Chad Finley is back in the Truck Series for the first time since Iowa, where he finished 28th after rear end trouble on his #42 Chevrolet. He returns on Thursday with sponsorship from Auto Value Certified Service Centers and Strutm.

RETURNING: #49-CMI Motorsports
Welcome back Ray Ciccarelli, whose #49 team hasn’t run since Stefan Parsons ran a UNC Charlotte tribute during All-Star Weekend two months ago. Ciccarelli hasn’t driven since Dover in early May, where he ran 24th, and has never started a Truck Series race in Kentucky.

DRIVER CHANGE: #56-Hill Motorsports
Tyler Hill swaps in for brother Timmy this week in the #56 Southern Freight Services Chevrolet. It will be Tyler’s first series start since Iowa, where he ran 26th.

RETURNING: #68-Clay Greenfield Motorsports
Clay Greenfield is another owner-driver returning to action this week, having not run in the series since a 12th-place finish in the season opener in Daytona. Rackley Roofing, his sponsor in Florida, returns to back his #68 Chevrolet.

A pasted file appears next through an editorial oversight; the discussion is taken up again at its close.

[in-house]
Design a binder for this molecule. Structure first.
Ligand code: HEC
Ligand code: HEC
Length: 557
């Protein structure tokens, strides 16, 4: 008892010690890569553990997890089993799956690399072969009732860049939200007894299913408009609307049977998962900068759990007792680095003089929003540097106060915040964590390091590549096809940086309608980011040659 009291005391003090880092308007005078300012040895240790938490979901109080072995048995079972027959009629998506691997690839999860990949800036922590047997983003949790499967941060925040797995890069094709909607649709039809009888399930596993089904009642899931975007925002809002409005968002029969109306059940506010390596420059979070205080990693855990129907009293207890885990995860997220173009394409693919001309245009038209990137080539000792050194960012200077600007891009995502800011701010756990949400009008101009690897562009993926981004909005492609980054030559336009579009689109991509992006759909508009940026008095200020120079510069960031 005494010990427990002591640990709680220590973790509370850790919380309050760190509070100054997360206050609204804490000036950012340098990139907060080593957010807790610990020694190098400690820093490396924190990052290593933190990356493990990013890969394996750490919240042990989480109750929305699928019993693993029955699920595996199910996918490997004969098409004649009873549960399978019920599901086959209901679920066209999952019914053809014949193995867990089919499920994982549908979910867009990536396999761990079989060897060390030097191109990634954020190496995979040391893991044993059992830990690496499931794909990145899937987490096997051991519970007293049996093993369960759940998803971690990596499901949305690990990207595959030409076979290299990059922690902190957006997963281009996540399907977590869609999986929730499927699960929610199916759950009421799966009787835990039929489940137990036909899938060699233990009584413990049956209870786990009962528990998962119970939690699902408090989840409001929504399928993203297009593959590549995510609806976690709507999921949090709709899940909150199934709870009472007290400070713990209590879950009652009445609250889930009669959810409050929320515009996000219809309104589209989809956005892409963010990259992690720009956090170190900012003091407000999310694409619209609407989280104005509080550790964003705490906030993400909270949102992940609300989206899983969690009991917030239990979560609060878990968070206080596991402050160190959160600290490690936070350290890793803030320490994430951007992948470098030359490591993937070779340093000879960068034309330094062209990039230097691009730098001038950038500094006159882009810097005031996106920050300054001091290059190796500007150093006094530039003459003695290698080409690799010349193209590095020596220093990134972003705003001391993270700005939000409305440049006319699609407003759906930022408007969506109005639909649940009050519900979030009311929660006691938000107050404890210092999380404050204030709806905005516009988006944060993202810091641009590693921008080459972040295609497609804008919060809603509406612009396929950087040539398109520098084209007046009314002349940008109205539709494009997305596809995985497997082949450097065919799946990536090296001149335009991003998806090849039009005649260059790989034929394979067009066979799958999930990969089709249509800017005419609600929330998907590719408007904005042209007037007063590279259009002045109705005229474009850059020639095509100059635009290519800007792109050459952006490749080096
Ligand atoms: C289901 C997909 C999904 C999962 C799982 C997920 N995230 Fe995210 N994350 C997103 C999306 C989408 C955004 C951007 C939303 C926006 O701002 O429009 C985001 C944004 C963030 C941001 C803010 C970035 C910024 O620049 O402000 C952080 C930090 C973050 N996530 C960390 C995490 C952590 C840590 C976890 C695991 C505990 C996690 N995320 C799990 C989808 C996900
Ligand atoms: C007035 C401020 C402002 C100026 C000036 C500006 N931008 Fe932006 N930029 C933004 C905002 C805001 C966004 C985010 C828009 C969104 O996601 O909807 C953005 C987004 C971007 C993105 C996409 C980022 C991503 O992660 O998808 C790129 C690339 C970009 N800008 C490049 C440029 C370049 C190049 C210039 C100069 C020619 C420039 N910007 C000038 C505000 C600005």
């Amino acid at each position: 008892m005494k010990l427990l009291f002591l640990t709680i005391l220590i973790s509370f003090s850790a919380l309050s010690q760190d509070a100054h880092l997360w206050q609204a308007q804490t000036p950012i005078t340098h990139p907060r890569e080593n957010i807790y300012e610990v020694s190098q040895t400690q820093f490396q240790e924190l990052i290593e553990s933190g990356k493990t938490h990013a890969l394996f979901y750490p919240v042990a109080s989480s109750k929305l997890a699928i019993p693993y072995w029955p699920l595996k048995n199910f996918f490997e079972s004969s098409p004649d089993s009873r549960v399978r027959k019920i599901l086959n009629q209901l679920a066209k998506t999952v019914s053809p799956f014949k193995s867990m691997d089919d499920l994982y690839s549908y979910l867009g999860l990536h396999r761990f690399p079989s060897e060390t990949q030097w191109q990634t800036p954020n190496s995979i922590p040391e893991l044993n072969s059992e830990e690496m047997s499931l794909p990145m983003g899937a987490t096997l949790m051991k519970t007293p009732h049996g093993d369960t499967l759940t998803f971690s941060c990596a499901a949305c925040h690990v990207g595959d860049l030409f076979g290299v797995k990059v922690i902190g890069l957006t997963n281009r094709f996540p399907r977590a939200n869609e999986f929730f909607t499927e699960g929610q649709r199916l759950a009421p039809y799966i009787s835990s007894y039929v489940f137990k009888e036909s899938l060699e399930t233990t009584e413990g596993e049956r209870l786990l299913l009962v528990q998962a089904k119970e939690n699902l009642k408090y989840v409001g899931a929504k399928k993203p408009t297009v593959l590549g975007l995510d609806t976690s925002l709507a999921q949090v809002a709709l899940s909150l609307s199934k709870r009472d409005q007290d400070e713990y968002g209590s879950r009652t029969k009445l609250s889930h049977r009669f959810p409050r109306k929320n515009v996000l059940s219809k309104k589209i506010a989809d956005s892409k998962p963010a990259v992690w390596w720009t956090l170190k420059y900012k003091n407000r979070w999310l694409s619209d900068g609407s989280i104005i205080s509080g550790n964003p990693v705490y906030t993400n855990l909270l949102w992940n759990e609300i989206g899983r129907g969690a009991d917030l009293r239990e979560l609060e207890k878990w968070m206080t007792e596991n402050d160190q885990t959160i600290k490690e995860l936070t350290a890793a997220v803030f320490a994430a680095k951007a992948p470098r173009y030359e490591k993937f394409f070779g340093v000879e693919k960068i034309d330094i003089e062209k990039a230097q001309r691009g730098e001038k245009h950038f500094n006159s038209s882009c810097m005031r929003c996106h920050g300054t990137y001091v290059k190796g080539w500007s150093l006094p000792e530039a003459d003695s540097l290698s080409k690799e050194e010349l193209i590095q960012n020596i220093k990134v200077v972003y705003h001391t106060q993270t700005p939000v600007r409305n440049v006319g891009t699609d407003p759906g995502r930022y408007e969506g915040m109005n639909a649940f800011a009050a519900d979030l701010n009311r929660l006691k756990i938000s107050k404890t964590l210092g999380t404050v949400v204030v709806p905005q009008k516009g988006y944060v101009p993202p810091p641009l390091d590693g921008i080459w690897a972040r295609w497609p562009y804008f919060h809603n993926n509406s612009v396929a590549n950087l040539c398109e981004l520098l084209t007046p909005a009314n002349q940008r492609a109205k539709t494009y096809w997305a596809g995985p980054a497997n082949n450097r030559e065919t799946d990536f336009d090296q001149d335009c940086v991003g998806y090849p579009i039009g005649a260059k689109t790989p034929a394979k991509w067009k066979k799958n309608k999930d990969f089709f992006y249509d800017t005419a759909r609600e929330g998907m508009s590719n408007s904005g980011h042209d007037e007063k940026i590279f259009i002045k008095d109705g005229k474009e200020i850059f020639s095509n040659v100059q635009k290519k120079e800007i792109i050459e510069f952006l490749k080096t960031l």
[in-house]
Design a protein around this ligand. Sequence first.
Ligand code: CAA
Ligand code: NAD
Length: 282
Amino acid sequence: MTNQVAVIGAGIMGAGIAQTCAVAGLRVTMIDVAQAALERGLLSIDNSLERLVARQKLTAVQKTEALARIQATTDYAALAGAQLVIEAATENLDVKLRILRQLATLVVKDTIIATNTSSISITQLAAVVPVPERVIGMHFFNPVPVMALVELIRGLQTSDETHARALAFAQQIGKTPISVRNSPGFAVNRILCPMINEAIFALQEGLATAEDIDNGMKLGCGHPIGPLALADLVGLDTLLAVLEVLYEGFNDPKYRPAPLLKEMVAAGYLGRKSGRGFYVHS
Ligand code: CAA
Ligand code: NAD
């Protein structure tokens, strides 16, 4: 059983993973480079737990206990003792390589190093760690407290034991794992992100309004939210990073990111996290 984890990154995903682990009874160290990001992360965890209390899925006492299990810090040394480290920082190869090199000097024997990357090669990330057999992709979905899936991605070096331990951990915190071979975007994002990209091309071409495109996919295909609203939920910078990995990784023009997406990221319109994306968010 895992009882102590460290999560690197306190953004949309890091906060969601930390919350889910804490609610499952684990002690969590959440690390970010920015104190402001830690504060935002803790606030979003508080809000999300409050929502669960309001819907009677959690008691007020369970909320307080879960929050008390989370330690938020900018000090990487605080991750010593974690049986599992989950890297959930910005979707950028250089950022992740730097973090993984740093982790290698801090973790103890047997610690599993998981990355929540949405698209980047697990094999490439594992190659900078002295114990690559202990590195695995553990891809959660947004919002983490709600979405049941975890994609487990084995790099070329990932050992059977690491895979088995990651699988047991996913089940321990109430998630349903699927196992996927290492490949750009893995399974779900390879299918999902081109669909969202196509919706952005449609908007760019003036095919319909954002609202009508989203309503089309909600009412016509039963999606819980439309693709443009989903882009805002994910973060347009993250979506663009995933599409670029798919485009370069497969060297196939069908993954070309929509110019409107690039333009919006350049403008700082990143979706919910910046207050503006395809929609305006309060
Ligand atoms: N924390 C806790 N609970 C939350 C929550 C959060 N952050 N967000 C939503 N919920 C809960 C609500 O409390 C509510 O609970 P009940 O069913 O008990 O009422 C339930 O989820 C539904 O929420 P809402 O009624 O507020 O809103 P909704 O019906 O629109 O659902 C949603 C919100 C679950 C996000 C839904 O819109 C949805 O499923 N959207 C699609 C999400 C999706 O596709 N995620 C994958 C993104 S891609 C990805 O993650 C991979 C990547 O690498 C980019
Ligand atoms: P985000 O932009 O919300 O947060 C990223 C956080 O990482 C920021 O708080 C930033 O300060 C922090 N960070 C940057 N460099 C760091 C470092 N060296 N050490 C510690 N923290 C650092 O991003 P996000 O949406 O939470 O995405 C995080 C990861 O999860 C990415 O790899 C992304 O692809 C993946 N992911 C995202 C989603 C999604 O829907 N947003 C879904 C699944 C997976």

Friday, July 12, 2019
XFINITY Race 17 of 33
Alsco 300 at Kentucky
2018 Last-Place Finisher: Jeff Green

There are exactly 38 entries for as many spots in the XFINITY Series race, so all drivers will qualify.

DRIVER SWAP: #4-JD Motorsports
DRIVER SWAP: #15-JD Motorsports
B.J. McLeod and Landon Cassill swap rides this week with McLeod moving to the #4 Ken Houston Electric Chevrolet and Cassill in the yet-unsponsored #15.

DRIVER CHANGE: #8-JR Motorsports
Ryan Truex eyes his second XFINITY Series start of the season and first since his runner-up finish in Phoenix to Kyle Busch. He takes the controls of JR Motorsports’ #8 Chevrolet, which Creed steered to a 34th-place finish in Daytona following multiple crashes.